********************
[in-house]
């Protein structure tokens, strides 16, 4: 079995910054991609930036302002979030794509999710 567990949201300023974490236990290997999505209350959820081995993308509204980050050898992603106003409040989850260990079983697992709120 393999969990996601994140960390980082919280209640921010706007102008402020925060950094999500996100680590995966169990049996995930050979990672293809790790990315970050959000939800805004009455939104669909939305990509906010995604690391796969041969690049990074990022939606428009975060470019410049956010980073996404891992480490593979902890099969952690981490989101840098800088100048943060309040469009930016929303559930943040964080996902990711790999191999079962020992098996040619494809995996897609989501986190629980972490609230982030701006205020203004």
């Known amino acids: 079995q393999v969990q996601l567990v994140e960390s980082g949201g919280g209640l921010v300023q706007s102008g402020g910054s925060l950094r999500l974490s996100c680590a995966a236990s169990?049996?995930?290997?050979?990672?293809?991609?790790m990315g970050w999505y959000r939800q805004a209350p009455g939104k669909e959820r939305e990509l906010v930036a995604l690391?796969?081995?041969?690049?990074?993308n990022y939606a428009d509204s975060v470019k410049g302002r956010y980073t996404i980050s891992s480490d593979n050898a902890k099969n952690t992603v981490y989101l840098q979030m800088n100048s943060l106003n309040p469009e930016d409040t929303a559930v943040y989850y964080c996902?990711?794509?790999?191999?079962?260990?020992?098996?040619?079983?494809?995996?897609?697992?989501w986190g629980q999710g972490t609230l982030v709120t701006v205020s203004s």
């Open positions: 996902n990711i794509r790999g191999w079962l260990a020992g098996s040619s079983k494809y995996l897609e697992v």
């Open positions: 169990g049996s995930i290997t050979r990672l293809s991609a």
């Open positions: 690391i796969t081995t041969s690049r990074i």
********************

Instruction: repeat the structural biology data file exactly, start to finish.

[in-house]
């Protein structure tokens, strides 16, 4: 079995910054991609930036302002979030794509999710 567990949201300023974490236990290997999505209350959820081995993308509204980050050898992603106003409040989850260990079983697992709120 393999969990996601994140960390980082919280209640921010706007102008402020925060950094999500996100680590995966169990049996995930050979990672293809790790990315970050959000939800805004009455939104669909939305990509906010995604690391796969041969690049990074990022939606428009975060470019410049956010980073996404891992480490593979902890099969952690981490989101840098800088100048943060309040469009930016929303559930943040964080996902990711790999191999079962020992098996040619494809995996897609989501986190629980972490609230982030701006205020203004």
């Known amino acids: 079995q393999v969990q996601l567990v994140e960390s980082g949201g919280g209640l921010v300023q706007s102008g402020g910054s925060l950094r999500l974490s996100c680590a995966a236990s169990?049996?995930?290997?050979?990672?293809?991609?790790m990315g970050w999505y959000r939800q805004a209350p009455g939104k669909e959820r939305e990509l906010v930036a995604l690391?796969?081995?041969?690049?990074?993308n990022y939606a428009d509204s975060v470019k410049g302002r956010y980073t996404i980050s891992s480490d593979n050898a902890k099969n952690t992603v981490y989101l840098q979030m800088n100048s943060l106003n309040p469009e930016d409040t929303a559930v943040y989850y964080c996902?990711?794509?790999?191999?079962?260990?020992?098996?040619?079983?494809?995996?897609?697992?989501w986190g629980q999710g972490t609230l982030v709120t701006v205020s203004s």
């Open positions: 996902n990711i794509r790999g191999w079962l260990a020992g098996s040619s079983k494809y995996l897609e697992v």
């Open positions: 169990g049996s995930i290997t050979r990672l293809s991609a």
């Open positions: 690391i796969t081995t041969s690049r990074i």